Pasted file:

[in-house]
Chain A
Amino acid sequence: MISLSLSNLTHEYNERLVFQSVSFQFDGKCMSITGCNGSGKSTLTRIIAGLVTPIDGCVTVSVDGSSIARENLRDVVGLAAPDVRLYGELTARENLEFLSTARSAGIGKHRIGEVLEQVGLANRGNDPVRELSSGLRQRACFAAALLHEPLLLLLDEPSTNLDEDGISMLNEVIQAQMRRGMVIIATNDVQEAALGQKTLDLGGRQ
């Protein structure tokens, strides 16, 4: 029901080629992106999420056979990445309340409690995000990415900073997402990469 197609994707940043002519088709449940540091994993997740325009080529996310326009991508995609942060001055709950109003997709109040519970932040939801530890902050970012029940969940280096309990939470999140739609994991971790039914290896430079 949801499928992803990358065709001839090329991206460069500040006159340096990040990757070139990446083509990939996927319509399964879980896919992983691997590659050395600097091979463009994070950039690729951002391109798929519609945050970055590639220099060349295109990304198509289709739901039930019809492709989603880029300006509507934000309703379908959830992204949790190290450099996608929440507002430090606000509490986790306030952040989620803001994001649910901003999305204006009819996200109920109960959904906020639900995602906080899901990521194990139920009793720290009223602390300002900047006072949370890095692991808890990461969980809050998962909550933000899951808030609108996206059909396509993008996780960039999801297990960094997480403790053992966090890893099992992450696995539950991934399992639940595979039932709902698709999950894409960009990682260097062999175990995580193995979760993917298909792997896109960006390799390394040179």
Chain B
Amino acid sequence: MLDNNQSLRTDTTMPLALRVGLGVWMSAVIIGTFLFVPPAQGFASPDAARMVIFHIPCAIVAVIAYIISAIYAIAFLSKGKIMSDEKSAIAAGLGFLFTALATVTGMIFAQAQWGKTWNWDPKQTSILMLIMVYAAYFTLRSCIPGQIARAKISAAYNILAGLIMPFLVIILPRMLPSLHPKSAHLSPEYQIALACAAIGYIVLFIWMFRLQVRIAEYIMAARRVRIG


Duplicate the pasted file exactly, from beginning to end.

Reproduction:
[in-house]
Chain A
Amino acid sequence: MISLSLSNLTHEYNERLVFQSVSFQFDGKCMSITGCNGSGKSTLTRIIAGLVTPIDGCVTVSVDGSSIARENLRDVVGLAAPDVRLYGELTARENLEFLSTARSAGIGKHRIGEVLEQVGLANRGNDPVRELSSGLRQRACFAAALLHEPLLLLLDEPSTNLDEDGISMLNEVIQAQMRRGMVIIATNDVQEAALGQKTLDLGGRQ
């Protein structure tokens, strides 16, 4: 029901080629992106999420056979990445309340409690995000990415900073997402990469 197609994707940043002519088709449940540091994993997740325009080529996310326009991508995609942060001055709950109003997709109040519970932040939801530890902050970012029940969940280096309990939470999140739609994991971790039914290896430079 949801499928992803990358065709001839090329991206460069500040006159340096990040990757070139990446083509990939996927319509399964879980896919992983691997590659050395600097091979463009994070950039690729951002391109798929519609945050970055590639220099060349295109990304198509289709739901039930019809492709989603880029300006509507934000309703379908959830992204949790190290450099996608929440507002430090606000509490986790306030952040989620803001994001649910901003999305204006009819996200109920109960959904906020639900995602906080899901990521194990139920009793720290009223602390300002900047006072949370890095692991808890990461969980809050998962909550933000899951808030609108996206059909396509993008996780960039999801297990960094997480403790053992966090890893099992992450696995539950991934399992639940595979039932709902698709999950894409960009990682260097062999175990995580193995979760993917298909792997896109960006390799390394040179």
Chain B
Amino acid sequence: MLDNNQSLRTDTTMPLALRVGLGVWMSAVIIGTFLFVPPAQGFASPDAARMVIFHIPCAIVAVIAYIISAIYAIAFLSKGKIMSDEKSAIAAGLGFLFTALATVTGMIFAQAQWGKTWNWDPKQTSILMLIMVYAAYFTLRSCIPGQIARAKISAAYNILAGLIMPFLVIILPRMLPSLHPKSAHLSPEYQIALACAAIGYIVLFIWMFRLQVRIAEYIMAARRVRIG